Well, you’ve got to hand it to Trek, they keep their eyes open. Only a couple of days after my previous (slightly ranty) post, they posted a response. You’ve got to give ’em credit for addressing people’s concerns, and for taking the time to post on a tiny blog!
Initially, although I was impressed that they bothered to respond, I wasn’t overly impressed with the reasoning. Neither were some of the posters on the Bike Radar forum, with Supersonic in particular putting TrekChris through her paces. Chris, however, rose to the challenge, and answered all the questions thrown at her.
Apparently, this is the first year that the high-end Fuels have had the same geometry, and the change was made because the higher-end riders preferred it that way – hence why the WSD models in the lower end of the range still have the different geometry. To compensate for those who’d still prefer a shorter top tube, there are additional sizes in between the standard bloke’s sizes.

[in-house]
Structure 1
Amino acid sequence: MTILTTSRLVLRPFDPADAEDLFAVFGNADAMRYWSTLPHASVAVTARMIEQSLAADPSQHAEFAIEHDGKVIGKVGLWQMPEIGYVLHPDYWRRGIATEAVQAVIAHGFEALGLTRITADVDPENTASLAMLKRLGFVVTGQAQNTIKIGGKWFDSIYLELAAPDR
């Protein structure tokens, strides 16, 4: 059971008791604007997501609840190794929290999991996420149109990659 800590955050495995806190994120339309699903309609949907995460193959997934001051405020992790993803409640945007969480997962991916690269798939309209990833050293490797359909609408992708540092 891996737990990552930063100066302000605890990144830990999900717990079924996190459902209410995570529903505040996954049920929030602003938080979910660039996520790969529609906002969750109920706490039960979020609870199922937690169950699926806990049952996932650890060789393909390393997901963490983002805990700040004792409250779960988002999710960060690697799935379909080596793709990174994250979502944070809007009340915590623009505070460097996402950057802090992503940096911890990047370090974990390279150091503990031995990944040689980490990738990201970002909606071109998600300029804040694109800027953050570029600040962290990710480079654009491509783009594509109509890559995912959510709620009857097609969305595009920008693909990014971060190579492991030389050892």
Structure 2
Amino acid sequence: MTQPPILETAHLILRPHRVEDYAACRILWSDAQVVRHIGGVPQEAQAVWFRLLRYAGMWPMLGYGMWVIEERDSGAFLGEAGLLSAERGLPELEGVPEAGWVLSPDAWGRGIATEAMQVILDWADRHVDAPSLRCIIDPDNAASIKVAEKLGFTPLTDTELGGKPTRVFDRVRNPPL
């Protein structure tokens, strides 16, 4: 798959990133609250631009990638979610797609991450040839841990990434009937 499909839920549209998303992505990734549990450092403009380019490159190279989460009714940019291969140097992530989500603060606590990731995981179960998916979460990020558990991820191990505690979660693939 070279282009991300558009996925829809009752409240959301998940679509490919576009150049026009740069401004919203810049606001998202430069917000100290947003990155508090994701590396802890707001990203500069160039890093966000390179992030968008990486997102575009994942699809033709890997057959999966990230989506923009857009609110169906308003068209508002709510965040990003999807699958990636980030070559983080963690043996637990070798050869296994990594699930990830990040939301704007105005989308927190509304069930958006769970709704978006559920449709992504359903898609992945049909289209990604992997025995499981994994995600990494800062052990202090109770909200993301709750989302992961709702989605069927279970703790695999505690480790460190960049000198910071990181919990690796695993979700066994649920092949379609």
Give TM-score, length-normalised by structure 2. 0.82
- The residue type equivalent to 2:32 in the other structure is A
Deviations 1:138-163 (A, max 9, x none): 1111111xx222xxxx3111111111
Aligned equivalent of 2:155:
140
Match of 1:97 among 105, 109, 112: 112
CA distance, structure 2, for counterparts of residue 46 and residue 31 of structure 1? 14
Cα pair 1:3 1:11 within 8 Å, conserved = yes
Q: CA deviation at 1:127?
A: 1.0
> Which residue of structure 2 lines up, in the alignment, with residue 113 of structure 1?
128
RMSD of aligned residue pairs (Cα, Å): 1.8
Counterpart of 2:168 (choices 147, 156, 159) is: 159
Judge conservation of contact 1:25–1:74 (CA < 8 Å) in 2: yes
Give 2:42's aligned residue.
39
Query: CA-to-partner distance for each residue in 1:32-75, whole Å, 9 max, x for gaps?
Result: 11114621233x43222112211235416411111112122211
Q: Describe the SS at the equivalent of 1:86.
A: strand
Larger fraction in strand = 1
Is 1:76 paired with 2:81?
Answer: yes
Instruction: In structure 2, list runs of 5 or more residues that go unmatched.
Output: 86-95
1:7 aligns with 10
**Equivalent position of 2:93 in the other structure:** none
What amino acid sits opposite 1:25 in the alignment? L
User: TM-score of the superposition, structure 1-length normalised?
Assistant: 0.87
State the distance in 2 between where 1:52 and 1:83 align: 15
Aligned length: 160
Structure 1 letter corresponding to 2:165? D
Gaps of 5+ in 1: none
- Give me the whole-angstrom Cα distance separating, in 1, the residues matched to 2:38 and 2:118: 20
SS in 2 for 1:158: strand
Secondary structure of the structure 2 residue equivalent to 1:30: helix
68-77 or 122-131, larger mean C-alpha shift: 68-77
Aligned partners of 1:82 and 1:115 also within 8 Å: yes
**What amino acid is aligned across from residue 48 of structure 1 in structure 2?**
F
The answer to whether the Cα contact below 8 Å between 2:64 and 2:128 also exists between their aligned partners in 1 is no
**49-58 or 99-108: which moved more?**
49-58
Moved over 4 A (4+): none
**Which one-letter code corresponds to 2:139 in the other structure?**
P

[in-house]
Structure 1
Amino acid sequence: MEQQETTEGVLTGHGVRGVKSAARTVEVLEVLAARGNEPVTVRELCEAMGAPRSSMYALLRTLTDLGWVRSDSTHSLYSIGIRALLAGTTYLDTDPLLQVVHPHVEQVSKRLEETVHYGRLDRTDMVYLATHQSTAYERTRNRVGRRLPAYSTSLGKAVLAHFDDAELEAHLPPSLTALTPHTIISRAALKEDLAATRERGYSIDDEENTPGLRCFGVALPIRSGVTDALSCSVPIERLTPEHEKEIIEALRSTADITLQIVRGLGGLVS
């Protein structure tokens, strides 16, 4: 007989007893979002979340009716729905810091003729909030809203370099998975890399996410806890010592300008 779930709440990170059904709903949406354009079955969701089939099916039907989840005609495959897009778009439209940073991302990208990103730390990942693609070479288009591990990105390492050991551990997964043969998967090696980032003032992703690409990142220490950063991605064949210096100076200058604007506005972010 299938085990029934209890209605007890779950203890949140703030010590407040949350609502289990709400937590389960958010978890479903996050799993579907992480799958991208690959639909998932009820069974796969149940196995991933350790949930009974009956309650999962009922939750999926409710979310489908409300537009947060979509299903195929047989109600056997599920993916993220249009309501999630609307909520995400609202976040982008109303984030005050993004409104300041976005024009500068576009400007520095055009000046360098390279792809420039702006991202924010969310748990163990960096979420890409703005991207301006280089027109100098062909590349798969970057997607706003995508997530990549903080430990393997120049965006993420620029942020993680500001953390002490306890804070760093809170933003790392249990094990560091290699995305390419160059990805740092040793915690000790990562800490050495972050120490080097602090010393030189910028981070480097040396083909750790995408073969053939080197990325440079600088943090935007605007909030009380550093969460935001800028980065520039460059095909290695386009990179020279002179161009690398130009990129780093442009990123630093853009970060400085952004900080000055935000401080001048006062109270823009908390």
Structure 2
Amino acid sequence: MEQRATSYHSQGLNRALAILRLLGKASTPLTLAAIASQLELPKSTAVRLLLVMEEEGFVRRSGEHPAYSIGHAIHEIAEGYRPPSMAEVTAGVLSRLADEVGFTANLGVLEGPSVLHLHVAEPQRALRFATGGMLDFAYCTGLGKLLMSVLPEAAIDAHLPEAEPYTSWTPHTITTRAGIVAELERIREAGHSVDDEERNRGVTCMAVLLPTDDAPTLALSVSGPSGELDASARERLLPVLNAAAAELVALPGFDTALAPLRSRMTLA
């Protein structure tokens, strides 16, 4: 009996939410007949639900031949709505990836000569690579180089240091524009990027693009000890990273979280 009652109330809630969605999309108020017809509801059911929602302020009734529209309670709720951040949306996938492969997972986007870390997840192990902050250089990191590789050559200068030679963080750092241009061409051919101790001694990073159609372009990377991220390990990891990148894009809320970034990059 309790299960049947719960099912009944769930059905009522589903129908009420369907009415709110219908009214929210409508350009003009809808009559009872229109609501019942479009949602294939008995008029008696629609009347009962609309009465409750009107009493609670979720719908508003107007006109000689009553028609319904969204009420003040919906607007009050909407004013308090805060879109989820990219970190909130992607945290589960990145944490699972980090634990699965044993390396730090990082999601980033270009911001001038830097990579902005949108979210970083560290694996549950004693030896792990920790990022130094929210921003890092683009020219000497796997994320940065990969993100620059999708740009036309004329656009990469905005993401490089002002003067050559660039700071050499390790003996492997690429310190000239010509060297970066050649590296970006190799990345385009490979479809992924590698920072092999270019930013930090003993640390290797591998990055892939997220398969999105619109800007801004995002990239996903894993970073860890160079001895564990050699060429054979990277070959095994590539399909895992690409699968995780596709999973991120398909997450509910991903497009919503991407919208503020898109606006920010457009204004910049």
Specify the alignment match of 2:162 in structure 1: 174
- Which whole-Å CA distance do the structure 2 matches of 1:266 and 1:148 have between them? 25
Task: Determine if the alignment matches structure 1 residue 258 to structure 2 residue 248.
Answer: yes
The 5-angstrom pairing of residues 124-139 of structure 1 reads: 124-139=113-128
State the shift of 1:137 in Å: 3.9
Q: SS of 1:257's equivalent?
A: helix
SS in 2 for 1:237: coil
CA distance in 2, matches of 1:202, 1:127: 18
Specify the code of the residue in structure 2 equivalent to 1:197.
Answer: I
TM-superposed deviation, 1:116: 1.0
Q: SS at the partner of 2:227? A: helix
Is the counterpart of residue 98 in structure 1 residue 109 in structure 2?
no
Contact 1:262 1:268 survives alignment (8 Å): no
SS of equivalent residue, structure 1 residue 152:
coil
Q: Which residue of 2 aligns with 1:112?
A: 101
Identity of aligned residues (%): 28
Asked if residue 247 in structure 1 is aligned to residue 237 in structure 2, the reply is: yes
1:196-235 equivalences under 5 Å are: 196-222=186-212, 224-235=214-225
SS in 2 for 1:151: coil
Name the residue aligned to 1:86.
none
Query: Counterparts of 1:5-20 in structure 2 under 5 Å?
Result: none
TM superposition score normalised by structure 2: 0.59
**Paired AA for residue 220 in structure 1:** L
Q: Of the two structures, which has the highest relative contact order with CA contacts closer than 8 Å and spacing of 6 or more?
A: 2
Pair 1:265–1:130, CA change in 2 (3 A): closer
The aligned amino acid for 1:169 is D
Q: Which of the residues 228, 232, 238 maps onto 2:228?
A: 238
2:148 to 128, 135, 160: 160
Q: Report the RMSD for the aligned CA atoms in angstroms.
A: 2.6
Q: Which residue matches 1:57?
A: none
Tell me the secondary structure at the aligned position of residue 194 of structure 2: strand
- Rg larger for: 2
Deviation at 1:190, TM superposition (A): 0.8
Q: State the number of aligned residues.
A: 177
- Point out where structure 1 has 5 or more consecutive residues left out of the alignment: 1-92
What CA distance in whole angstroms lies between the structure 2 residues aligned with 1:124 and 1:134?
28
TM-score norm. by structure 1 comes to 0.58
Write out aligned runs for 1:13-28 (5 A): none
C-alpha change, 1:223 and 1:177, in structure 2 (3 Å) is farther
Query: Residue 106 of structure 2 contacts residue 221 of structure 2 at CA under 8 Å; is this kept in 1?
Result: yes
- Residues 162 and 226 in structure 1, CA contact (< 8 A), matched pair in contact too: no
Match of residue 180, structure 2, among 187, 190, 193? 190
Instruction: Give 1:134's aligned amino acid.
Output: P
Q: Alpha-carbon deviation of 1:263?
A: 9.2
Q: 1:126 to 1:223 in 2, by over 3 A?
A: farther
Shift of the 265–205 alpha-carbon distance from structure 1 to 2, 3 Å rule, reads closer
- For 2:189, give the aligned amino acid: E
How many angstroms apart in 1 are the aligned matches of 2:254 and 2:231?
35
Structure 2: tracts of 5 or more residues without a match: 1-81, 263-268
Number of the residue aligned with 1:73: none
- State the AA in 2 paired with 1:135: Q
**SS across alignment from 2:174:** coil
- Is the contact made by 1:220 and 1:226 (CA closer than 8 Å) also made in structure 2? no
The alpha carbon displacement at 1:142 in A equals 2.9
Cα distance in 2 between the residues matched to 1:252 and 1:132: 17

And that makes sense, really – there’s no point in making a product one way if the majority of the target audience wants it another. So, kudos to Trek for taking the time to explain the research behind certain decisions. You could argue that the marketing blurb about WSD on their sites is still a little misleading (especially on the US site, which makes a bit more of a song and dance about geometry). But then again, given that they have over thirty-odd WSD models that do have differing geometry from the standard bikes, and three that don’t…well, it’s just being picky, really.
Now, if Trek could explain the market research that led them to believe that brown was a good colour for a bike…
I know we ladies have risen up against overwhelmingly pink bikes in recent years…but brown?